Monthly Archives: June 2011
In President Obama’s press conference yesterday he kept droning on about his daughters. I want to focus on is this statement:
I should also point out that I have men with guns that surround them often…
You see, this isn’t the first time Mr. Obama has bragged about how he has highly trained men and women that surround he and his family 24/7/365 (and will for the remainder of their lives), and by the duty of their job are supposed to give their life for him. He’s proud of the fact they have guns to protect him and keep evil people from doing him harm.
But Mr. Obama’s track record has demonstrated he doesn’t want you to have guns to protect you and your family. Loves guns when they protect him, hates guns when they protect you.
Hypocrite, thy name is Barak.
The latest NSSF “Pull The Trigger” newsletter contained a link to a video discussing concealed carry choices for women
I’m mixed on the advice it gives.
Maybe it’s just a short video with limited time and they can’t touch on all the points. But given the video is geared towards women (and even produced by women), I was surprised the first thing they talked about was semi-auto vs. revolver and not the issue of gun fit. Most guns tend to be made for larger people and let’s be honest, most women aren’t of the larger variety, especially when it comes to hands. It’s far more important for a woman to find a gun that fits her and that she can shoot well, that she then enjoys to shoot, which then will enable her to seek training or try practical shooting matches. If the gun doesn’t fit, if she can’t shoot it well, if it hurts, if it’s difficult, the shooter will get frustrated and give up and won’t seek the help and education they need.
Kay comments how revolvers are simpler and semi-autos a little more complex. This is true. She then says “with the semi-automatic you’re going to have to do a little more training with it.” Well… yes and no. Yes because actions such as fixing a malfunction are more involved with a semi-automatic than a revolver; you will have to learn how to do those things. No, because that long, heavy trigger pull on a revolver is hard to shoot well. Again, if we’re talking people with small hands, with weaker hands (honestly, how many of you pull 10-15# weights with your index finger), the revolver will be harder to shoot and shoot well so that aspect is going to require more training and practice as well. Both styles of handguns will require training, a lot common to both, but certainly they each have their own unique aspects that must be trained so you can be proficient with the tool.
I do like how they suggest women try out practical shooting. No, it’s not tactical and defensive or anything — it’s a game. However, you do learn useful skills and it may be the only way you can practice skills like shooting and moving, shooting moving targets, shooting multiple targets, etc. (all depending what’s available to you at ranges in your area).
Strong is more useful than weak.
- 2x5x45 (warmup)
Wow. Broke the 200# barrier. OK sure, in the grand scheme of things it’s not some massive weight, but it’s still a barrier I have NEVER broken before. The bar is moving a little slower, but still moving at a fair pace. Sure it’s a little tougher, it requires a lot more tightness of the abs, really working that Valsalva maneuver, minding every element of form. I’ll tell you, I wasn’t a believer in warm-up sets before, but I am now because there’s no way I could just jump to that weight without moving my body through the motions and getting it ready for the stress ahead of it.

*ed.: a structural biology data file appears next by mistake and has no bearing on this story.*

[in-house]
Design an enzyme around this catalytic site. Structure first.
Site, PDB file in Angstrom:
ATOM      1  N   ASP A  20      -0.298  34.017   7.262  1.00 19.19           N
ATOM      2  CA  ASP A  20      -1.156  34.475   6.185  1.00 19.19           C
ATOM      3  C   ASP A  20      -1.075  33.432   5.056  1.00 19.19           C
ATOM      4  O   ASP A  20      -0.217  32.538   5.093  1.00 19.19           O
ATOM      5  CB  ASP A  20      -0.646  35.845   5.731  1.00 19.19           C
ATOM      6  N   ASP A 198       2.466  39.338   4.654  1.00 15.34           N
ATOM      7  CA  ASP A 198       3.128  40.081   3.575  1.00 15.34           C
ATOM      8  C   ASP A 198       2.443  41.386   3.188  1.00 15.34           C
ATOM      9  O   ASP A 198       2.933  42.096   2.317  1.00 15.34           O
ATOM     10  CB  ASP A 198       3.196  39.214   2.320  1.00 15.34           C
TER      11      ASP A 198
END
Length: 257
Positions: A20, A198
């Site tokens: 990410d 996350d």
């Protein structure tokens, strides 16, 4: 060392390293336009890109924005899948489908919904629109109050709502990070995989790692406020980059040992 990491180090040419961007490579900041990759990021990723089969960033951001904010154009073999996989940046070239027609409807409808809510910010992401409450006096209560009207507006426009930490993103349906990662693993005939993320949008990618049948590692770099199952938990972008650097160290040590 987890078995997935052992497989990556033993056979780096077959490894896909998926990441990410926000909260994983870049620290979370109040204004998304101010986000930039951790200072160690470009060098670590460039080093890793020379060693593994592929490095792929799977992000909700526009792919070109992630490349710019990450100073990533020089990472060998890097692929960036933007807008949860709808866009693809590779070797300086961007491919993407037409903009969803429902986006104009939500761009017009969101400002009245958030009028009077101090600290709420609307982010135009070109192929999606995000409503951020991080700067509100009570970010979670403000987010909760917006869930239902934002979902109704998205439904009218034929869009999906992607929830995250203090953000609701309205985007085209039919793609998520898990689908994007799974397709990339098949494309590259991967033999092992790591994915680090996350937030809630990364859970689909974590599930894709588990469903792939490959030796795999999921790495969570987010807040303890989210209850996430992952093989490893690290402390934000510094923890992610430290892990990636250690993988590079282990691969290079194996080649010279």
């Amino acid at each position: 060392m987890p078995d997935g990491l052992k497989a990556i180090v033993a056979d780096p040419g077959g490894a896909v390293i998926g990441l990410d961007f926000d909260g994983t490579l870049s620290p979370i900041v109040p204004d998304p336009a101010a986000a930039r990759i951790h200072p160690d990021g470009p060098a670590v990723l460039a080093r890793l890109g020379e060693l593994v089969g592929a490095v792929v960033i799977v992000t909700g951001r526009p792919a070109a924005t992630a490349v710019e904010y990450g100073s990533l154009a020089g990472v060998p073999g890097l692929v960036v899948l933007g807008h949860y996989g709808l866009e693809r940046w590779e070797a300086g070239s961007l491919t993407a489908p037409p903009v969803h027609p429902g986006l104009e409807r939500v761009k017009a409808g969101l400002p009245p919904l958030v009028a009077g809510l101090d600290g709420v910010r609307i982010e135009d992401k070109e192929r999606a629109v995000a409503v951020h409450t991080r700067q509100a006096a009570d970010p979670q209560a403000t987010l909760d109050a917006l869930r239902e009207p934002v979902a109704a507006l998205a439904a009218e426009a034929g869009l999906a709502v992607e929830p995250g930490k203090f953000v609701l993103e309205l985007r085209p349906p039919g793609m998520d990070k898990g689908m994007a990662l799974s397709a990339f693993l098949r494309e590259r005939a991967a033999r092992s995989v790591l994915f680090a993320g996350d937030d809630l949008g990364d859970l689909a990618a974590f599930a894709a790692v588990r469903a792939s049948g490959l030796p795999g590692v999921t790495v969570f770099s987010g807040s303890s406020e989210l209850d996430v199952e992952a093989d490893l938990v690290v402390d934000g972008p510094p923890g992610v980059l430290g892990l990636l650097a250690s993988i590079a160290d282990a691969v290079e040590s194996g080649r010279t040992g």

It does feel heavy, every time I put the bar on my back it feels like heavy, a new heavy. But then the second set? It feels lighter than the first set and somehow a little easier to do.
I am wondering when I’m going to hit my limit, when I’ll miss a rep and want to consider dropping down to 5# increments. But I’m not psyching myself out about it, nor am I really caring because it will happen when it happens, and either way I’ll still be progressing, so… who cares. I will say, a belt has been ordered and once it gets here I’ll start using it (see no reason not to). We’ll see how that affects my progression.
- 2x5x45 (warmup)
Here I felt strong. I don’t feel as near my “limit” as I do with squats. I was able to really power the 3 work sets, and didn’t even take a full 5 minutes rest before the last set. Felt no problem. I do feel I could jump up in greater than 5# increments, but there’s no real need to… it just means I’ll progress along this route longer, which is fine. Better to train well and recover and grow, than stall or overwork myself. One thing I really like about this program is how it works with ego. Oh sure, you could let your ego get greedy and jump up quickly in weights, but what does that gain you? you stall out faster. If you just to the program, be patient, you’ll get there — it has to be a long-term pursuit. You can always tell yourself that the weight numbers don’t matter… because you’ll get there, maybe not tomorrow, but you will, because that’s how the program works and the proof is in the pudding. It’s very cool.
- 2x5x95 (warmup)
- 1x5x180 (work)
The biggest thing I noticed here was my grip. First, I know the “right way” to grip is to acknowledge the weight is heavy, that it will hang down and end up in the “hook” of your fingers just due to gravity and the physiology of things. That also helps to avoid the pinch calluses that can form on the pads of your palms. However, I was a little too “hooky” with things and so the pads were still getting bunched up, just in another way and that didn’t let me have a full closed grip. I did a little more adjusting today so there’s still hook but the pad is a little more flat against the bar and I can get a more closed grip. This should serve me better.